'Tis the season of giving, and everywhere you look you'll see suggestions for the "perfect gifts" for your loved ones: something they'll love forever, something they'll never forget, something unique. How about someone -- how about a kitten or cat from the shelter?
Adoption isn't a decision to take lightly, but adding a family member could be the best gift of all -- for your loved one and for your new animal friend. There's some misinformation out there discouraging people from holiday adoptions, but adopting a pet on a holiday, birthday or any special occasion isn't so different from adopting on any other day. Research has demonstrated that receiving a pet as a gift doesn't increase the likelihood that the animal will be relinquished to a shelter, or impact how the owner views the pet. In fact, it's also been shown that friends and family are the most common source of pet cats. So go ahead and put "shelter kitty" on your holiday shopping list.
When you adopt a shelter cat, you save his life. And that's something cats need every day of the year. Sadly, most cats in the shelter don't make it out alive -- over 70 percent end up being "euthanized" even though they're perfectly healthy. So with the facts in mind, many shelters have fully embraced the gift-giving season to maximize the number of cats they can adopt out. This policy is revolutionary, even though it sounds like common sense. You see, most Americans don't understand how dire the situation can be for a shelter cat. The best numbers we have suggest that every 15 seconds, a cat is killed in a shelter. This is a grim reminder that the shelter system just isn't working the way we need it to. Finally, some shelters are starting to change. From creative adoption programs like Home for the Holidays adoption events and seasonal discounts, to no longer accepting unsocialized cats, the shelters are seeking out groups like Alley Cat Allies to help them save more cats.
When I founded Alley Cat Allies 25 years ago, it was even worse for cats. Rounding up and killing unowned community cats (also called feral cats) was standard practice. These days, such plans draw media attention and public outrage. Because of Alley Cat Allies' quarter century of advocacy for cats, the mainstream approach to community cats is now Trap-Neuter-Return (TNR). In a TNR program, community cats are humanely trapped and taken to a local veterinarian to be neutered, vaccinated, eartipped --to show that they've been neutered and vaccinated--and then returned to the location where they were trapped. The reproduction cycle immediately stops, which means no new kittens. TNR effectively stabilizes and reduces the community cat population.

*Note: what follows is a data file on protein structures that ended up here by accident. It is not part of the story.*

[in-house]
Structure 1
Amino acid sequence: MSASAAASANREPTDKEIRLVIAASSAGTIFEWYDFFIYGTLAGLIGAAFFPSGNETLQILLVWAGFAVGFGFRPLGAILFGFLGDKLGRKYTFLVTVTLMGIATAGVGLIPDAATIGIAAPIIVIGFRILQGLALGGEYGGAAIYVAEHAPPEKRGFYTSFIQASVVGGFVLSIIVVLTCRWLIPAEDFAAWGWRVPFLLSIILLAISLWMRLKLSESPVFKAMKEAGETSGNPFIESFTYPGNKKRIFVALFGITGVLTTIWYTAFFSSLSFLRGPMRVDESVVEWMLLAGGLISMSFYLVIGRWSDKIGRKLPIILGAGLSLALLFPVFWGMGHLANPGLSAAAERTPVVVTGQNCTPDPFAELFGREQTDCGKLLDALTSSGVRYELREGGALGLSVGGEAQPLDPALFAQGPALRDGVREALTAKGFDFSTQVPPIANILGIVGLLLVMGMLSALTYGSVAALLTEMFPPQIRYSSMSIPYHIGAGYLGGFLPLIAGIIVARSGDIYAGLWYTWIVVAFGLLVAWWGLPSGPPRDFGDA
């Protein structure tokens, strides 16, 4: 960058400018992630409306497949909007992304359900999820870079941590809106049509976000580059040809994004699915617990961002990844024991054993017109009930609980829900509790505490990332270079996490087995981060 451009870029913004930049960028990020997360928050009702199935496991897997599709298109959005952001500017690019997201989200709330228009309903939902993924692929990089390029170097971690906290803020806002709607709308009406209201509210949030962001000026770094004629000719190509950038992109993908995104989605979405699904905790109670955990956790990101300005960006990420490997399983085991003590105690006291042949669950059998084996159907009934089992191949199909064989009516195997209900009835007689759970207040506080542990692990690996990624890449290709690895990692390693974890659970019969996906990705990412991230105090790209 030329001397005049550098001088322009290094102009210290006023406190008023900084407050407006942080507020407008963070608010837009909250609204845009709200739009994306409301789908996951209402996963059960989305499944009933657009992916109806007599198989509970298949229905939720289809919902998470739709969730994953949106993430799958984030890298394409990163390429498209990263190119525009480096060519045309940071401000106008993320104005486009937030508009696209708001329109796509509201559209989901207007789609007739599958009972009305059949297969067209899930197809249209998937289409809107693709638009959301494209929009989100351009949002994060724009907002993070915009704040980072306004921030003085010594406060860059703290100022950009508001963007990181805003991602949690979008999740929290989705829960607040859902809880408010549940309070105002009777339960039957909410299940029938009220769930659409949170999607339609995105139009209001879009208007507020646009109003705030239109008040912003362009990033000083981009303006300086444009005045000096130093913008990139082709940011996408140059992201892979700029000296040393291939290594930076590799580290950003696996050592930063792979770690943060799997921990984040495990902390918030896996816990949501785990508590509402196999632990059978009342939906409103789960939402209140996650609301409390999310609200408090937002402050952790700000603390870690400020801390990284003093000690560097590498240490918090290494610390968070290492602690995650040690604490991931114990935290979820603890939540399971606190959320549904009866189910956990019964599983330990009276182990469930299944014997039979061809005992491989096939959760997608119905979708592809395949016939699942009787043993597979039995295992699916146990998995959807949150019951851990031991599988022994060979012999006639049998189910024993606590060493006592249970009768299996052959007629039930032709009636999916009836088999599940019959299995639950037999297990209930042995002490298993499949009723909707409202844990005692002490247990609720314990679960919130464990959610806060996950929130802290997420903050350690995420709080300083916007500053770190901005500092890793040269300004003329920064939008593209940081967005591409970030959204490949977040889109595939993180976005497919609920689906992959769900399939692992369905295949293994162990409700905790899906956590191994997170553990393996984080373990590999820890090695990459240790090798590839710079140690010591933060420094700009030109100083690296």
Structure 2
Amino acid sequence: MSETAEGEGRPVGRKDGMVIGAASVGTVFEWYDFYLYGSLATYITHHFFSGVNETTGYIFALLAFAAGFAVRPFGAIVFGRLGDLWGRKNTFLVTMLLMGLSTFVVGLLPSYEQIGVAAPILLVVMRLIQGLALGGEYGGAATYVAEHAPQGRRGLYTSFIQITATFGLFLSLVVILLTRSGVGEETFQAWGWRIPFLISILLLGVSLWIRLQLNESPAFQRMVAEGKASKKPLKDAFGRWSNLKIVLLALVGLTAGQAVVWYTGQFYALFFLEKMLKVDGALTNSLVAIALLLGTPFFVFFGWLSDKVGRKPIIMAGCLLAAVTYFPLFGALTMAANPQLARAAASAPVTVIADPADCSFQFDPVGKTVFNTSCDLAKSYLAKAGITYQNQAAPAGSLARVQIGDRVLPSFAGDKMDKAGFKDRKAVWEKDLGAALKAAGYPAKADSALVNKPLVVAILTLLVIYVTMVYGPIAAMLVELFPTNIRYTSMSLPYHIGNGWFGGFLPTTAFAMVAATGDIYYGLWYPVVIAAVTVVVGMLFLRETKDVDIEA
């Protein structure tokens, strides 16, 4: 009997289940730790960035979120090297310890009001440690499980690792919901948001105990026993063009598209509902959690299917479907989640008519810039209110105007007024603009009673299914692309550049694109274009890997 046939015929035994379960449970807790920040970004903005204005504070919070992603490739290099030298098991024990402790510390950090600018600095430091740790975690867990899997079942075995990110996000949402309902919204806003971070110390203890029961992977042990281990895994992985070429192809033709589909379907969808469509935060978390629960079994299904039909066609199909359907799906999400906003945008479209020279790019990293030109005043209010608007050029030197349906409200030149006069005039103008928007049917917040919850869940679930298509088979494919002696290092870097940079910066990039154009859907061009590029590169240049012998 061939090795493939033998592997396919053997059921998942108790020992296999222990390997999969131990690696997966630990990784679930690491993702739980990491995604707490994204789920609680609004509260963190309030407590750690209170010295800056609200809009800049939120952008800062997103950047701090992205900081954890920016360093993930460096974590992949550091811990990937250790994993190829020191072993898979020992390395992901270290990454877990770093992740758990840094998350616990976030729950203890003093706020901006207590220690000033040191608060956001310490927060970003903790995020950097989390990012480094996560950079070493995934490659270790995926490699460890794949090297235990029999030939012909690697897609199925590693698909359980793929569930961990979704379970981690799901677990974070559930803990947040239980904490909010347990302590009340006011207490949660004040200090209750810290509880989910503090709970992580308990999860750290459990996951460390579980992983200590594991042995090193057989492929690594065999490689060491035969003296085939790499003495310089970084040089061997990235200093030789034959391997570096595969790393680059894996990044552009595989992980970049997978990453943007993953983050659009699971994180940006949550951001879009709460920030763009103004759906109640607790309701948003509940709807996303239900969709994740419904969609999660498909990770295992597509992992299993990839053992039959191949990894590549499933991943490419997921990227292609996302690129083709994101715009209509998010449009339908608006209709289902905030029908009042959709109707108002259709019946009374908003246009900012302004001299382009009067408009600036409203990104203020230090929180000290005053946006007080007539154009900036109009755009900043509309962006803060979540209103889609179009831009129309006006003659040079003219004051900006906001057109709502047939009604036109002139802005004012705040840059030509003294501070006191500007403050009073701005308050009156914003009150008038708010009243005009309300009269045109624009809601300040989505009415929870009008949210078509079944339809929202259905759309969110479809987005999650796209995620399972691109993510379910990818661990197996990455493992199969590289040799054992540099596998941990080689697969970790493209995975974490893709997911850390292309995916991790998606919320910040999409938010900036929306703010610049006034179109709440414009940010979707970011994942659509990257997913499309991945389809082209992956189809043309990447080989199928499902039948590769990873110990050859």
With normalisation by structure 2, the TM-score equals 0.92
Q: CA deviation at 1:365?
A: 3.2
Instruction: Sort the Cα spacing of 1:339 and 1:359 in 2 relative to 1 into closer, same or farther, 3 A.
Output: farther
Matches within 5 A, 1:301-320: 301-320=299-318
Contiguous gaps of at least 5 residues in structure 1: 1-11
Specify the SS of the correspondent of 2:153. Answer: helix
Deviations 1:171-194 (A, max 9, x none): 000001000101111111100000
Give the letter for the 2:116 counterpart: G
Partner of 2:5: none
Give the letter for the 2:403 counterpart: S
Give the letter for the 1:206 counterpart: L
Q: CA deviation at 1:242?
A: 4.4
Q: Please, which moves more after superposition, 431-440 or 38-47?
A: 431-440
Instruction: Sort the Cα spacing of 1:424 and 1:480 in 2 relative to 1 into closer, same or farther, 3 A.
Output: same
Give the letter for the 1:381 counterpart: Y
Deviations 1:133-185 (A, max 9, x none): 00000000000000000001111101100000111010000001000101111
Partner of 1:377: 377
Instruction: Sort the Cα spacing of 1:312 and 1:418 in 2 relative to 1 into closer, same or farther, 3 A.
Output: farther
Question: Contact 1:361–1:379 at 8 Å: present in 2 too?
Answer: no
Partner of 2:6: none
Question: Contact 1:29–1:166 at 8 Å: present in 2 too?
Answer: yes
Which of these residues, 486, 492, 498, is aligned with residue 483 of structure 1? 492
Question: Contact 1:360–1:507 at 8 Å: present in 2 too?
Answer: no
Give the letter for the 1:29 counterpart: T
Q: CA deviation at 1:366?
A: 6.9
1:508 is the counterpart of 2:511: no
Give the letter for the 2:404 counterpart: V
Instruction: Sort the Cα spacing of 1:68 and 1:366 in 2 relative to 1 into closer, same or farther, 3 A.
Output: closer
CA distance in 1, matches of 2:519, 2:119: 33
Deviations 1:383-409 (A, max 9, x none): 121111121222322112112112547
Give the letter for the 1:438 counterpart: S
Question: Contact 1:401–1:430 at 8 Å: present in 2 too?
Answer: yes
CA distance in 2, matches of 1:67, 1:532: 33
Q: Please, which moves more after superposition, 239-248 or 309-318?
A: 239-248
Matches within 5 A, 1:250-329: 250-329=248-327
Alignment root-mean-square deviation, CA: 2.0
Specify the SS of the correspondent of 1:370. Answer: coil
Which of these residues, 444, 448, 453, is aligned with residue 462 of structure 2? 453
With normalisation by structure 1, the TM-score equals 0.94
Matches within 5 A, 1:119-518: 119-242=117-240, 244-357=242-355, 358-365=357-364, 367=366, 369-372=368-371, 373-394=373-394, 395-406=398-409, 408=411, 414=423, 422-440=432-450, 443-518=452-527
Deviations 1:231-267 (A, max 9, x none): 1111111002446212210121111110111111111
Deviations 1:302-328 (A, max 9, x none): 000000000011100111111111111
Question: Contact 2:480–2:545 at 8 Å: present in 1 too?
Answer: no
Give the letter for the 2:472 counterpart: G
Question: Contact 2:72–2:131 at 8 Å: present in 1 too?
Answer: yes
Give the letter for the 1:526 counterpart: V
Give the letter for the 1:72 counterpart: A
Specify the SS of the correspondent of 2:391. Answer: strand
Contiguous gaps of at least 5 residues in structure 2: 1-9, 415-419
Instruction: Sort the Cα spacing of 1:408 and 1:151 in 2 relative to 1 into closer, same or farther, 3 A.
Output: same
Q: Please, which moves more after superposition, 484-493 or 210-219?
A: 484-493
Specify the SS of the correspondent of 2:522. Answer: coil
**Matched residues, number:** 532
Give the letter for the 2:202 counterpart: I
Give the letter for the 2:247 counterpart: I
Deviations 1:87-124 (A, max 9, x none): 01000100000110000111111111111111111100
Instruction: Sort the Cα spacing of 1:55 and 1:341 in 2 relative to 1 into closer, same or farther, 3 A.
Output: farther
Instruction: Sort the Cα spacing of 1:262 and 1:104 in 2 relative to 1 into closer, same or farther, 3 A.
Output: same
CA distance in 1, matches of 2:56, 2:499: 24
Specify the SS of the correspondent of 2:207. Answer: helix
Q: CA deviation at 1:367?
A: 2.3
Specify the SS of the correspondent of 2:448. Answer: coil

With the goal to save more cats, many shelters practice TNR through policies called Shelter-Neuter-Return (SNR) or Return to Field (RTF). Shelters that have embraced these methods recognize that since community cats usually aren't socialized and can't be adopted, typical sheltering just won't work for them. Shelter-based TNR programs are on the rise, and they've been shown to make communities happy, increase the number of positive outcomes for cats who do enter the shelter, and decrease concerns about community cats.
Do you know what happens in your local shelter? Finding out the truth might be hard, since very few states require shelters to report data about animal intake and outcomes. But the first step is to show up. Go see the animals and remind yourself why it's important to help the shelter improve. And while you're there, don't forget those last minute gifts. Cats are always in stock, and they come in so many varieties, you're bound to find the perfect match. The latest electronic gadget is exciting, but nothing compares to the years of love and companionship of a shelter cat or kitten. You need that last gift, and the cat needs you so much more. So don't wait another minute -- not even another 15 seconds -- go adopt now.
Becky Robinson is the President and Founder of Alley Cat Allies, the only national advocacy organization dedicated to the protection and humane treatment of cats.